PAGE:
Where is Bryce?
Travis Swanson hasn’t heard from his boyfriend Bryce Faulkner for more than a month. In a July 23 interview with Fox News, Swanson said the 23-year-old Arkansas native sent him a text message in late June saying that his parents wanted to take him to "a place in Pensacola" to cure him of his homosexuality. Swanson, who lives in Wisconsin, alleges the news came after Faulkner’s mother discovered e-mails between the men.
Since then, Swanson hasn’t heard from Faulkner. None of his friends have. They suspect that his parents enrolled the pre-med student in an offshoot of the Exodus International program, the world’s largest ex-gay ministry.
"I don’t believe Bryce was forced to attend the program against his will," Swanson told Bay Windows. "I believe he was economically blackmailed since he was a financial dependent of his parents. They controlled everything and he was given two choices: A) agree to attend treatment; or, B) move out by tomorrow with no phone, car, money, or job."
Gay activist Rev. Brett Harris, who leads Magnolia, Ohio’s Ergonomical Ministries and the Coalition for the Abolition of Homosexual Reformation Tactics, responded to Bryce’s disappearance by creating a Save Bryce Web site. The minister learned of Faulkner’s situation after receiving an e-mail message from Parents, Families, and Friends of Lesbians and Gays (PFLAG) that included Swanson’s e-mail address.
Swanson reportedly had contacted the organization for help after unsuccessfully trying to enlist the El Dorado Sheriff’s Department, which, according to Fox News, has no record of the well-being check that Swanson says he requested and that he says was carried out.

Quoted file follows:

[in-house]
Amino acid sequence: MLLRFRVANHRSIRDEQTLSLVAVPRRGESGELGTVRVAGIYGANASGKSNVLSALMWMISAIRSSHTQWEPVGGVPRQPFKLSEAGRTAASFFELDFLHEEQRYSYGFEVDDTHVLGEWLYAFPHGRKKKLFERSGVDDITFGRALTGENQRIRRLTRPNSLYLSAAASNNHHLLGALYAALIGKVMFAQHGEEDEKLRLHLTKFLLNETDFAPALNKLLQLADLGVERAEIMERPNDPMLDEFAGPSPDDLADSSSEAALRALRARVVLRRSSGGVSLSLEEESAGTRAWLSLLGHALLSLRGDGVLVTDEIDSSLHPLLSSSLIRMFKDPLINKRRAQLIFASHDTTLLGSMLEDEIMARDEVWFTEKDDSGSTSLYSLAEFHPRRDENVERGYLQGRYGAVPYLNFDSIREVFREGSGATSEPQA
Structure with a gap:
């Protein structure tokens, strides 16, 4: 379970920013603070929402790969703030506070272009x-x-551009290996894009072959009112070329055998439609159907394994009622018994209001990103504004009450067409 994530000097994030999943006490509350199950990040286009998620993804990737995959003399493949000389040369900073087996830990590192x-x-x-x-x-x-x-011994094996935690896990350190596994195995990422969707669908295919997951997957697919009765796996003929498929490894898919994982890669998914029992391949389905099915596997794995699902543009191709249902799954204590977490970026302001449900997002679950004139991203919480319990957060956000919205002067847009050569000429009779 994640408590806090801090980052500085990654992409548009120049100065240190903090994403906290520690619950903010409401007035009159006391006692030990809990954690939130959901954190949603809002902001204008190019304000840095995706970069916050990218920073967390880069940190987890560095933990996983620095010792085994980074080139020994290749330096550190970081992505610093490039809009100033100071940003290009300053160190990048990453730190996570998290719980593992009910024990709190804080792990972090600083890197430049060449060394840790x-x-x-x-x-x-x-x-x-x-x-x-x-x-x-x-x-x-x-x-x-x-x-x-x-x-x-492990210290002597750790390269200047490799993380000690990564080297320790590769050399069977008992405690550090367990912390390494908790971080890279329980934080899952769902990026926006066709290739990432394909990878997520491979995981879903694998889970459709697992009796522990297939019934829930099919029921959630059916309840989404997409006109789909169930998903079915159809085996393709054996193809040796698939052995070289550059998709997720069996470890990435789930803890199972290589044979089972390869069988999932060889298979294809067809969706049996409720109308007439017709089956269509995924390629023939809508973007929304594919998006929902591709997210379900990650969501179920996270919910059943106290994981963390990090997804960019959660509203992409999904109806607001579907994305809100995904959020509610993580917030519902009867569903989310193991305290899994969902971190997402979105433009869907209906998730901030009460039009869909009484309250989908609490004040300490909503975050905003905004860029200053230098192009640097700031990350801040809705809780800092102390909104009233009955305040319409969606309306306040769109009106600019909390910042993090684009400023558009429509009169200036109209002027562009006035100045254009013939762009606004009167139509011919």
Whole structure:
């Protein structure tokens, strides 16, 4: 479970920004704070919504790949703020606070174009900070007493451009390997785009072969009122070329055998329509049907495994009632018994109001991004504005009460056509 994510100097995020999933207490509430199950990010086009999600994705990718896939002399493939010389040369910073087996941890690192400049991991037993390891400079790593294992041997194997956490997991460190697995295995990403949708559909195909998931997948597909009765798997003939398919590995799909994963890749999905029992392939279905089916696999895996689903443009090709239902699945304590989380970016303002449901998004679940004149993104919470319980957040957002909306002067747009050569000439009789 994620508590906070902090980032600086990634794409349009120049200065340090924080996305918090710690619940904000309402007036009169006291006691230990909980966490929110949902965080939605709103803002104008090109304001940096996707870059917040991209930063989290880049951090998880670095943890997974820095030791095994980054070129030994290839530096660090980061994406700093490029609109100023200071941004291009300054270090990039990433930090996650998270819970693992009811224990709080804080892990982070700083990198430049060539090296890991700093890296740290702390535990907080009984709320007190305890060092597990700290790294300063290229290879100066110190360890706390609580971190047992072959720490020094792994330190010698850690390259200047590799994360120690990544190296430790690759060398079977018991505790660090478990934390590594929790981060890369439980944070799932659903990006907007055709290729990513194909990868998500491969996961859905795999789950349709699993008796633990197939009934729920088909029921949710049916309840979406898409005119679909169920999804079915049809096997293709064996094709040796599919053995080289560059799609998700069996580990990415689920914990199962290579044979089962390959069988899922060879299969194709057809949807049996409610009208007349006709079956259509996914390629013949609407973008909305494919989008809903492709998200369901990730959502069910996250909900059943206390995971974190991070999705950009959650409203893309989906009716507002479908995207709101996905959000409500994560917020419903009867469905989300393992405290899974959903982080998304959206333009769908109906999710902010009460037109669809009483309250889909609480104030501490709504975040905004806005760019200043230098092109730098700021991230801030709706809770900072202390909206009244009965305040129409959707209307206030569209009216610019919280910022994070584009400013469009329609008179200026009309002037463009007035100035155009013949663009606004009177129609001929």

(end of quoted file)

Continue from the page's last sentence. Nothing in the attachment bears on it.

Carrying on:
Harris, who is not connected to the Faulkners in any way, says he has "known people who have gone through programs like what Bryce is going through."
Bryce’ mother, Debra Faulkner, told Fox News that her son broke up with Swanson and enrolled in Christian counseling of his own accord. "He just wants to take some time and figure out what he wants to do with his life," she said. According to a statement from a family representative who spoke with Fox News, Faulkner has "not been manipulated or coerced by anyone to do anything."
Debra Faulkner denied comment to Bay Windows, referring the reporter to her family’s attorney, Brian Raum, of the Arizona-based Christian legal organization Alliance Defense Fund (ADF). The ADF, Senior Legal Counsel Raum in particular, has a history of staunchly defending anti-equality measures such as California’s Proposition 8 and referendums or amendments in Washington, D.C., New York, Connecticut, Oregon, and Wisconsin that seek to limit marriage to one man and one woman. Raum did not return calls for comment.
Although Faulkner’s mother told Fox News last week that her son is safe and sound, the lack of direct communication from Faulkner to Swanson has made the Rev. Harris suspicious. He insists, via the "Save Bryce" Web site, that "the ONLY way to bring resolution to this situation is for Bryce to use the plane ticket (that is already paid for and in his name) and go to Travis to tell him personally how he feels [sic]."
Faulkner purchased the plane ticket to visit Swanson in Wisconsin prior to his disappearance. Without face-to-face communication, Harris said, it will be impossible to guarantee Faulkner’s safety or whereabouts.
"Save Bryce" has recorded over 30,000 hits in the past month. Based on his own experiences with ex-gay programs, Harris agreed with Swanson’s theory that Faulkner might have been "browbeaten and economically bullied" by his parents into enrolling in the program.